Plaza Las Armas and the Catacombs
No trip to Lima would be complete without a stop at the historic city center, the Plaza de Armas. It is flanked on one side by the Palacio de Gobierno (the seat of Peru’s president), and on another by the cathedral, which was built in 1625 according to designs overseen by the notorious conquistador Francisco Pizarro. Just around the corner is one of the capital’s most visited sights, the Catacombs in the Convent of San Francisco. The catacombs house a ghoulish display of bones from tens of thousands of poor souls who were originally buried in Lima’s first cemetery. The church itself, though, is also a spectacular Baroque building with beautiful wall frescoes and a fascinating library of rare books.
If you haven’t eaten at one of Gaston Acurio’s 32 restaurants, you cannot call yourself a foodie. That might sound harsh, but with a restaurant empire that stretches across North and South America and one of the most popular cookbooks around, Acurio put Peruvian cuisine on the map, so to speak. One of the reasons he is so acclaimed is because of his myriad creative versions of what is basically Peru’s national dish: ceviche, and the place to get it in Lima is Acurio’s La Mar in Miraflores. There are more than nine varieties of it on the menu, including one made with beautifully pink mountain trout and seafood in a rich green pepper cream broth. There are also sushi rolls galore, plus some traditional tiraditos, or potato cakes topped with various meats for those not in the mood for raw fish. Be sure to call ahead because the small al fresco dining room is one of the city’s most popular lunch spots.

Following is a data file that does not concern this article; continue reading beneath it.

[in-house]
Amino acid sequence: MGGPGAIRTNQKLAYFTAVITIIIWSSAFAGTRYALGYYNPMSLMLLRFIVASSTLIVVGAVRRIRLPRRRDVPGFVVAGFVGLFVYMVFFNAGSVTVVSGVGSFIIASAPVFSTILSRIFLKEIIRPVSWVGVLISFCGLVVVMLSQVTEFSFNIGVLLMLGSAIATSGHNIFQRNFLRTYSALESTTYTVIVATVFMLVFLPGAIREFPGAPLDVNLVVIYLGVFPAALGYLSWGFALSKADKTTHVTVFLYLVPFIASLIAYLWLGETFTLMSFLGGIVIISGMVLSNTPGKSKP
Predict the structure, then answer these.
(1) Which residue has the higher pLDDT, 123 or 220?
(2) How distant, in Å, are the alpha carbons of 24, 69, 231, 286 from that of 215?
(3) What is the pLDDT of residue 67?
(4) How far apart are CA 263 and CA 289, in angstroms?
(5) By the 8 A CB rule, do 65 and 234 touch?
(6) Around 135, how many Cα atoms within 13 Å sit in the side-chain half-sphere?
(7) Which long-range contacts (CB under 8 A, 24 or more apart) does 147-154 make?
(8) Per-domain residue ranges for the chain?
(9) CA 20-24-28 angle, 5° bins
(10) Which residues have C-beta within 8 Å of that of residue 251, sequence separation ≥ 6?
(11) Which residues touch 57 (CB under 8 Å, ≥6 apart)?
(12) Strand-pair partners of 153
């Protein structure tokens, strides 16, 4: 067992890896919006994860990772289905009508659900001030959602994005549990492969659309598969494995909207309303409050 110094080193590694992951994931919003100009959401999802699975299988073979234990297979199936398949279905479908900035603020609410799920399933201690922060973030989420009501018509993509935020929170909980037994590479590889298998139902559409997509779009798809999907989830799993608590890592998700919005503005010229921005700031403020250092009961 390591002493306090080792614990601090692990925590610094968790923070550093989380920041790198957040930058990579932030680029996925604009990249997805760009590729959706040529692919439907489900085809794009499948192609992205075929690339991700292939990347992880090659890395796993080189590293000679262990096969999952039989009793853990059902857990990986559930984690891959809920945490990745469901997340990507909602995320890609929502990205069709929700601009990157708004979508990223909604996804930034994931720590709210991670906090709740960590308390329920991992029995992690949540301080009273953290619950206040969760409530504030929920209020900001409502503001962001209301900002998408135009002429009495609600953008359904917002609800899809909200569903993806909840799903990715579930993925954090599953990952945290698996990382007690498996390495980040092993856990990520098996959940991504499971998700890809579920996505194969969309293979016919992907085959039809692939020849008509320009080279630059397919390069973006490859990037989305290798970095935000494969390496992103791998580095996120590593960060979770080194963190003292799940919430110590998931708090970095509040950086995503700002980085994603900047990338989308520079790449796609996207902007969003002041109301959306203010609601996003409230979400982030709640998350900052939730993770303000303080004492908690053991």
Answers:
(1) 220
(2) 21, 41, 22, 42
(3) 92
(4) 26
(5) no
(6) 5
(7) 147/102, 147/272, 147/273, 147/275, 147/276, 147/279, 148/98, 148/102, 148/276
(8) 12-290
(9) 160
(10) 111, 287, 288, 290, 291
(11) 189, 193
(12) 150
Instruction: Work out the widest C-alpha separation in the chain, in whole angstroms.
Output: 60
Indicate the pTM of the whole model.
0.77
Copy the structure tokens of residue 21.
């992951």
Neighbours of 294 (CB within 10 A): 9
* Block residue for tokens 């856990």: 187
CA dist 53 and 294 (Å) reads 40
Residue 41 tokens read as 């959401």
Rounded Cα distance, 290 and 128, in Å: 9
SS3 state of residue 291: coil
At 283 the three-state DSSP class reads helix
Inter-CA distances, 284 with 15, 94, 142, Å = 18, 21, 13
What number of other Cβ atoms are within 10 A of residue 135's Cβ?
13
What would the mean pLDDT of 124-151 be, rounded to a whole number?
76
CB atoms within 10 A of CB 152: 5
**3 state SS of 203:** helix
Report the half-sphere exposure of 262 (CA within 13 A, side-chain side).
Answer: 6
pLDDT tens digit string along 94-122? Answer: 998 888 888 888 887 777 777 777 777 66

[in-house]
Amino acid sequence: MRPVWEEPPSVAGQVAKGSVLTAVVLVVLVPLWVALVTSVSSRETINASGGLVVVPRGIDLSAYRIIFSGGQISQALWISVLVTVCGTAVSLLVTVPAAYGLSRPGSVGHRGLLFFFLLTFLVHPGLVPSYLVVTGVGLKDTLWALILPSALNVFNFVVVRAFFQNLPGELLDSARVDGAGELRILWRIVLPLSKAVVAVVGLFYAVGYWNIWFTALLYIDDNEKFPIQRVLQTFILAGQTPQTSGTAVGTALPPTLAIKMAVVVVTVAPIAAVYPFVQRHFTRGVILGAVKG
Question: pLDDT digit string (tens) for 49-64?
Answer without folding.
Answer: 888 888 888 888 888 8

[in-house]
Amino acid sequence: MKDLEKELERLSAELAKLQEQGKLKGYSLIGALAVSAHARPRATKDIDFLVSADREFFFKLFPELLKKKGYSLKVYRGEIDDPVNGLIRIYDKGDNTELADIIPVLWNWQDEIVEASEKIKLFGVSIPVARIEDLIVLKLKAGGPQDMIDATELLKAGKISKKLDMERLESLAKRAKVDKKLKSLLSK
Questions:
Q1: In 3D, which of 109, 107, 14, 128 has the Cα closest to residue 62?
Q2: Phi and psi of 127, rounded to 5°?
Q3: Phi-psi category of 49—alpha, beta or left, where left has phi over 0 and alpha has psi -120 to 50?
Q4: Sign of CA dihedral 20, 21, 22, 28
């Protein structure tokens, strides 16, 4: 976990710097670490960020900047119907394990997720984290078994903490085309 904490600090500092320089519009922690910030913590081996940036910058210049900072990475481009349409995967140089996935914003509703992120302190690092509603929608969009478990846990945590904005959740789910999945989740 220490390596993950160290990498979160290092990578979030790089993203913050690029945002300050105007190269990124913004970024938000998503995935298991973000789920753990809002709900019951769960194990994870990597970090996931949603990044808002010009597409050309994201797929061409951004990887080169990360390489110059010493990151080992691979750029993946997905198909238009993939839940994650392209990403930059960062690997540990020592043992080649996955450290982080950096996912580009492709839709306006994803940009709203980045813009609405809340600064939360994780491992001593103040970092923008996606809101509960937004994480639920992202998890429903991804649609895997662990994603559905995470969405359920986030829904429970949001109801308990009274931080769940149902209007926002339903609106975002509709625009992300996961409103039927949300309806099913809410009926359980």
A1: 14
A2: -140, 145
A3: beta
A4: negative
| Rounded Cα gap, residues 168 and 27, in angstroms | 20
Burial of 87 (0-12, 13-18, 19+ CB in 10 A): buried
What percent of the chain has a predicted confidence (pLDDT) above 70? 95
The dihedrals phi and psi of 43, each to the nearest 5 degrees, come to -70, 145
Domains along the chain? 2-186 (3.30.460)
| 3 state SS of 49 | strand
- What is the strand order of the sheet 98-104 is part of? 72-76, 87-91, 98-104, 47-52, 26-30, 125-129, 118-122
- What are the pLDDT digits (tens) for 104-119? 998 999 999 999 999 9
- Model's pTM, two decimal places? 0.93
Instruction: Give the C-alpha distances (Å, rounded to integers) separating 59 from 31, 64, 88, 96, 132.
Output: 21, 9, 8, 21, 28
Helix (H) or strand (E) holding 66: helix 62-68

Pre-dating Inca culture by 700 years, this impressive complex of ruins was built by the native Lima culture. Originally, it was built as a ceremonial and political center, and its name comes from the local Quechua dialect meaning “place of ritual games.” From here the political elite and the clergy controlled what is now Central Peru until being subsumed by the Wari culture. Today, you can stroll the reconstructed ruins on a guided tour, admiring the scale of the Great Pyramid and the other secular buildings, as well as petting the animals at a small menagerie in one corner of the complex. The restaurant on the grounds also serves upscale versions of classic Peruvian dishes such as lomo saltado, guinea pig and ceviche.
Larco Mar Mall